What caught Dawn DeBois’s attention was the way the homeless man was making his way through the crosswalk, more shuffling than walking through the slush from the morning’s sleet and snow. Stopped at a traffic light Wednesday morning in Bangor, Maine, DeBois leaned out of her window to see why he was moving so strangely.
The first thing she noticed was his bright red heels, which were protruding from his sneakers, the soles of which were only attached at the toes.
Everything from her morning routine struck her at once. How she’d waited for the roads to clear before leaving her home. How she’d chosen to wear one pair of L.L. Bean boots from her collection of winter footwear and pulled on one of her jackets. How she’d walked to her car, which was protected inside a garage attached to her house.
“At that moment, everything hit me about my warm boots, my warm house, my warm car,” she said.
DeBois wanted to roll down her window to ask the man what size shoe he wore, but decided to instead contact the Bangor Police Department, knowing that they’d help her if they had the time.
She called and told officers about the man, saying that if someone could track him down and ask him what size boot he wore, she’d pick up a pair and bring it to the department for him. She requested they not use her name over the scanner. Bangor’s a “small town,” she said, and she didn’t want anyone knowing it was her.
Sergeant Tim Cotton, who runs the Bangor Police Department’s popular Facebook page, described what happened next in a Facebook post Thursday.
The homeless man was tracked down by Officer Jermaine Walker, who said he was “still walking” and “still cold and wet.” Walker brought him back to the station and gave him a pair of donated socks and a pair of his own tactical boots until DeBois arrived with a new pair.
After learning the man’s shoe size, DeBois went to Goodwill, where she picked up a pair of boots, socks, a hat, and gloves.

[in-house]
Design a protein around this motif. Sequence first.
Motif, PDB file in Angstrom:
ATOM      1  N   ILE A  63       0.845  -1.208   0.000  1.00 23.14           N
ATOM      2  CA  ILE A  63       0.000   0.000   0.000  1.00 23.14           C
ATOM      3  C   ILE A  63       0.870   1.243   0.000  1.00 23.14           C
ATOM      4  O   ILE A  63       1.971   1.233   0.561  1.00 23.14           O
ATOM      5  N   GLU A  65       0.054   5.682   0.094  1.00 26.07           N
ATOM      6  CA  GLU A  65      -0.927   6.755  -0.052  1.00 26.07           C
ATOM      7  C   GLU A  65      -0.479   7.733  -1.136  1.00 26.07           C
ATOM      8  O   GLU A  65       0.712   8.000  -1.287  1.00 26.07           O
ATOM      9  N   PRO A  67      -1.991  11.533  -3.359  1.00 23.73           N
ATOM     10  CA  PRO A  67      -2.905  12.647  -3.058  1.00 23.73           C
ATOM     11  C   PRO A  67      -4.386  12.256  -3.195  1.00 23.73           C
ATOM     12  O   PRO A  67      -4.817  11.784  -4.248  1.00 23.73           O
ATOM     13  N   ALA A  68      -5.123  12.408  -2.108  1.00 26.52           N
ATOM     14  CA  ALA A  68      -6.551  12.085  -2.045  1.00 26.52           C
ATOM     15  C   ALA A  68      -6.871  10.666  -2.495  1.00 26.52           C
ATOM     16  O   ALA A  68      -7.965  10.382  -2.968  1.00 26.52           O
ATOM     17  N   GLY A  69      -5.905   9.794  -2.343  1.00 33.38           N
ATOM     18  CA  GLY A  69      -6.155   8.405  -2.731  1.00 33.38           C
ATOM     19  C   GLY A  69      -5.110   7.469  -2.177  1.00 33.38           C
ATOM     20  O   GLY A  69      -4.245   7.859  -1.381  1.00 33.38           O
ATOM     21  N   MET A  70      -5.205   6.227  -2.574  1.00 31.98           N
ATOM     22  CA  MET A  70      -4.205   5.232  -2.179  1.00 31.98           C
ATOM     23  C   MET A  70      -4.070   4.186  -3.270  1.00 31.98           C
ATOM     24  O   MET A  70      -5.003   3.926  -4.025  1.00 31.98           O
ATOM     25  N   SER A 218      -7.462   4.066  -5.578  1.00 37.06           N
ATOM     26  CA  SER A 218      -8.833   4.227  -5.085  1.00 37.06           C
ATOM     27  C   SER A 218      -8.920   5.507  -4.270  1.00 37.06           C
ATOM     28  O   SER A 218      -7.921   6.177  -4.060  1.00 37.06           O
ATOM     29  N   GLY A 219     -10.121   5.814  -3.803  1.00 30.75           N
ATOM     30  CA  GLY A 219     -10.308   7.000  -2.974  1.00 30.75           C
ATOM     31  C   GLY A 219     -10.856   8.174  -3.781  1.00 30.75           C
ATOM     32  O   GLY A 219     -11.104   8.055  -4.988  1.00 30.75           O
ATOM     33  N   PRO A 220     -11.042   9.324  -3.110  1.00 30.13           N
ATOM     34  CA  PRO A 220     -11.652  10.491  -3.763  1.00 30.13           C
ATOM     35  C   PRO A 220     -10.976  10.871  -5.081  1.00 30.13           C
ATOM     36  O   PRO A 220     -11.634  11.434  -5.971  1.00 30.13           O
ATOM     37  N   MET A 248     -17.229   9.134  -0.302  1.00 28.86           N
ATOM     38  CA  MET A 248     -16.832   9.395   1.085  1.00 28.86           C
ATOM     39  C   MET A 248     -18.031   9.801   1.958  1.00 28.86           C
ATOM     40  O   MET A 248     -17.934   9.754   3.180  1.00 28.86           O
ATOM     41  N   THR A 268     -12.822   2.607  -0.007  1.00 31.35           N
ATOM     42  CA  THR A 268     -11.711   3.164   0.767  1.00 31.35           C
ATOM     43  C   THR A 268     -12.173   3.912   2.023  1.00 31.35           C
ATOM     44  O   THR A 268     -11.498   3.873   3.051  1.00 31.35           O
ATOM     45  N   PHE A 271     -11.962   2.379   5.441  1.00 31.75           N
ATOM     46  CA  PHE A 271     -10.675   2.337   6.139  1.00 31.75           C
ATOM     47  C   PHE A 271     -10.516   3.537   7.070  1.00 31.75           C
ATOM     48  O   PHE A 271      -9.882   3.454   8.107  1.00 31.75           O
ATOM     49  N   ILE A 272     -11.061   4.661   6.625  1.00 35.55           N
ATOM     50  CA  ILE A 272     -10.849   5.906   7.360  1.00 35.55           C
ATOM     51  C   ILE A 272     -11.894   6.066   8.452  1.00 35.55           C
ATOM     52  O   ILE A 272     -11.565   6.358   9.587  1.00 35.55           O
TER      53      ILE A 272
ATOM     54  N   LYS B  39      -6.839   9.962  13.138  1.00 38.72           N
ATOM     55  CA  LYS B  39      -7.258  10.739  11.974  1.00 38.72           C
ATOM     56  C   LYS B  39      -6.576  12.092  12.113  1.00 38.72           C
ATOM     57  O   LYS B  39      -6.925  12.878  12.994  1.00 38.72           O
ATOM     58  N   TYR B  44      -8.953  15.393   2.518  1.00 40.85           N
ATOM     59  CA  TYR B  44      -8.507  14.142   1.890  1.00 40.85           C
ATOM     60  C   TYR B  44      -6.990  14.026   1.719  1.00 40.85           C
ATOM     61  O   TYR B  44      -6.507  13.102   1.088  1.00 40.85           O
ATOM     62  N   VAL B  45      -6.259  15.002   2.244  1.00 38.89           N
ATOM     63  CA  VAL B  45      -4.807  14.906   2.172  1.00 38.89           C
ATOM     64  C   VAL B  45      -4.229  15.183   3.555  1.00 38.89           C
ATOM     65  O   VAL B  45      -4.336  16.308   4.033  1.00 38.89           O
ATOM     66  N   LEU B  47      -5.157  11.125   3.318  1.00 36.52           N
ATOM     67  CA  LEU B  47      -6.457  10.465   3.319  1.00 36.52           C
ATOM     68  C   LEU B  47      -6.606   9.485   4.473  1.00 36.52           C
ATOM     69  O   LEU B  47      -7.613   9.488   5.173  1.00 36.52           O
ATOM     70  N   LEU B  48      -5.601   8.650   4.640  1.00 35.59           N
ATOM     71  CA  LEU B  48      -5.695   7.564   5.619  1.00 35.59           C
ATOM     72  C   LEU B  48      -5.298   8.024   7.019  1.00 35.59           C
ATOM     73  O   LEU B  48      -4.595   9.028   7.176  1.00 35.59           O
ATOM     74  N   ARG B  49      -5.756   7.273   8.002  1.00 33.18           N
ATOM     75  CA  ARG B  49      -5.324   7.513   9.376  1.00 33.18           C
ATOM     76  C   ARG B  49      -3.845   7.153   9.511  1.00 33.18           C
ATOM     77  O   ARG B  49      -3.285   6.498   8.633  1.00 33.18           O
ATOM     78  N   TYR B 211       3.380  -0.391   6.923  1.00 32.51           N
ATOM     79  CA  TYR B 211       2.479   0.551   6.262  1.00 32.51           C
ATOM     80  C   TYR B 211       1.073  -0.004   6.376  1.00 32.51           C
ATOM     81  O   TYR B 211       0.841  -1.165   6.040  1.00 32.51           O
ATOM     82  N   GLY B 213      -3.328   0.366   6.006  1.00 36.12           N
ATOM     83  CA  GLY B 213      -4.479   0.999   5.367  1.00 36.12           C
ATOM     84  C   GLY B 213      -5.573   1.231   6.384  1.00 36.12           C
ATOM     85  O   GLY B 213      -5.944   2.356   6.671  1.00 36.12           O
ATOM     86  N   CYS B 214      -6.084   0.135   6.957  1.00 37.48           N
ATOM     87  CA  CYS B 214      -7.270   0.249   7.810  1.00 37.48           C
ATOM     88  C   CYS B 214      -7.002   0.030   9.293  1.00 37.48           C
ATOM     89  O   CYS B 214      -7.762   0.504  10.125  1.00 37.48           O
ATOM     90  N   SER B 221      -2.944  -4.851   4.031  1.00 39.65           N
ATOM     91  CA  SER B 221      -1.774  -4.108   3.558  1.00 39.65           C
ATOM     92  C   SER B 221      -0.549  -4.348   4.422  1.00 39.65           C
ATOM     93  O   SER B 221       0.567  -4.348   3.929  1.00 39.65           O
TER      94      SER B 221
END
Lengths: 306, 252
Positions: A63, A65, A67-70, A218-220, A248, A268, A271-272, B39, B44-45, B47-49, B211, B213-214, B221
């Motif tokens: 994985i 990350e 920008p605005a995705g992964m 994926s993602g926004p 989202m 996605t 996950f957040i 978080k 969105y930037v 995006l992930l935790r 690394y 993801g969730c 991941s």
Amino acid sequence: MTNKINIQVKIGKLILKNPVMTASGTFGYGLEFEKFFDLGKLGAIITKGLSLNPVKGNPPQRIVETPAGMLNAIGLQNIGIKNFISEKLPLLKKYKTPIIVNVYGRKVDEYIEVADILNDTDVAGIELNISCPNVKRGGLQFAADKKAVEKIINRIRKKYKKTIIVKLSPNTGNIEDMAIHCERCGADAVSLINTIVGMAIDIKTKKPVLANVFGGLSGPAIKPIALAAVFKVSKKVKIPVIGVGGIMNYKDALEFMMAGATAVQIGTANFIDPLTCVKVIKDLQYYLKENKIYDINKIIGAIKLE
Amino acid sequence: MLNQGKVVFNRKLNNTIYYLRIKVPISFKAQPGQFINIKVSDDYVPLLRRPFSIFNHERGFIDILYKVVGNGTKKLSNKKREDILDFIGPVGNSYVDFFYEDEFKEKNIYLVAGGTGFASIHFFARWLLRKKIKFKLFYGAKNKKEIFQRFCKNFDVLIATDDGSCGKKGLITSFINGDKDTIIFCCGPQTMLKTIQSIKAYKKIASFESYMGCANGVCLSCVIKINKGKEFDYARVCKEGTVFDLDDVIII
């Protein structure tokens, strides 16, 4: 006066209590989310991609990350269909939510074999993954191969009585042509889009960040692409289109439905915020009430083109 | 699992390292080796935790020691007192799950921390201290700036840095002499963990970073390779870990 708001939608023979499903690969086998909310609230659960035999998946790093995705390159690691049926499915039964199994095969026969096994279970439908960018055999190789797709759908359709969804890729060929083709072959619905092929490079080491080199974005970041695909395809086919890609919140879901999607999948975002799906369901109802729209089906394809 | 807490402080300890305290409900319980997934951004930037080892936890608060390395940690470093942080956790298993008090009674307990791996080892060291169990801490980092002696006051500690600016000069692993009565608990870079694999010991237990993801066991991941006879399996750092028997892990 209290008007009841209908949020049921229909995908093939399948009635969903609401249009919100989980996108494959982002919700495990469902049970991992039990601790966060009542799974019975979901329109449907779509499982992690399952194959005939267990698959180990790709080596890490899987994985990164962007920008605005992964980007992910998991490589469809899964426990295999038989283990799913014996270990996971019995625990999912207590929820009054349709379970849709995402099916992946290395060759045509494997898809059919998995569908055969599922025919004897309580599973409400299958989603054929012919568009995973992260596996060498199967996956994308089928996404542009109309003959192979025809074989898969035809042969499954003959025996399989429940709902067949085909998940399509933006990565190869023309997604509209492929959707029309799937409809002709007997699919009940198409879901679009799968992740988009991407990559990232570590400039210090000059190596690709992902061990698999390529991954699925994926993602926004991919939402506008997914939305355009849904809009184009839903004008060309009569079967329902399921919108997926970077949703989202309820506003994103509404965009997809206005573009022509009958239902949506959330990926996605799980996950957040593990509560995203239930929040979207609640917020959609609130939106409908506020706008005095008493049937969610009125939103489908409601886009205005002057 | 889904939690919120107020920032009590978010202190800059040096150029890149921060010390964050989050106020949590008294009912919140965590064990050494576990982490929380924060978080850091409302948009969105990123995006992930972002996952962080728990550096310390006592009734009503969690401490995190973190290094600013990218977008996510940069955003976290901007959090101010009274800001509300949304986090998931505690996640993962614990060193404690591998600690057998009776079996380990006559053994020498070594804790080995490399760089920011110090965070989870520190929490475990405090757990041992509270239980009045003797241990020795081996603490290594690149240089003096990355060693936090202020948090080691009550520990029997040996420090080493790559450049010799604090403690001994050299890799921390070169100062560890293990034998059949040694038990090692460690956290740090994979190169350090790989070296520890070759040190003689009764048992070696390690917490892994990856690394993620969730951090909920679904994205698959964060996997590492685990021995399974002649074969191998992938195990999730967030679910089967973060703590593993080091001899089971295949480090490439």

She walked into the department, where the man was waiting.
“He was sitting there and just broke into a big smile,” she said. “He was like, ‘Are you Dawn?’ He was incredibly grateful.”
DeBois said she didn’t know Cotton would write about the incident on the department’s Facebook page. She just couldn’t imagine not doing anything to help.
“It was unfathomable to see this gentleman walking the way he was, in those shoes, in this country, in our hometown,” she said.
In his post, Cotton emphasized that people are more alike than they are different and the importance of recognizing or “seeing” people in need:
What you might not understand about folks that live on the street is that they don’t typically ask for help. Sometimes they just need to be seen.
Walker has more space in his locker, and the man can walk a little further knowing that someone had seen him.
At the end, he wrote:
All we have is each other.
The post has been shared more than 5,000 times. And on Friday, Cotton also posted an account of the situation from DeBois.
DeBois said she decided to share her side after seeing that some of her friends, who knew she was the “Dawn” mentioned in the story, defended her actions against naysayers on the social media page.
“I was just helping one person, and I’m hoping that this in turn will help many people,” she said.
The 47-year-old credited her foster mother, who had raised her since she was five years old, for that impulse to give back to someone in need.
“I don’t feel like it’s anything special, it’s just what I learned,” DeBois said.
As a single mother of three sons, DeBois has benefited from the kindness of strangers herself. One Christmas, when she wasn’t sure how she would afford to buy presents for her kids, a stranger left her $100 at work to purchase gifts.
“Those types of things stick with you,” she said.
It doesn’t take much, she pointed out. People just need to look around and do what they can to help.
“Those boots weren’t $100, it was 45 minutes of my time and a few dollars at Goodwill,” she said. “I did not realize it was going to get this large, but if others will get help, it’s worth a million.”
Read the two Facebook posts below: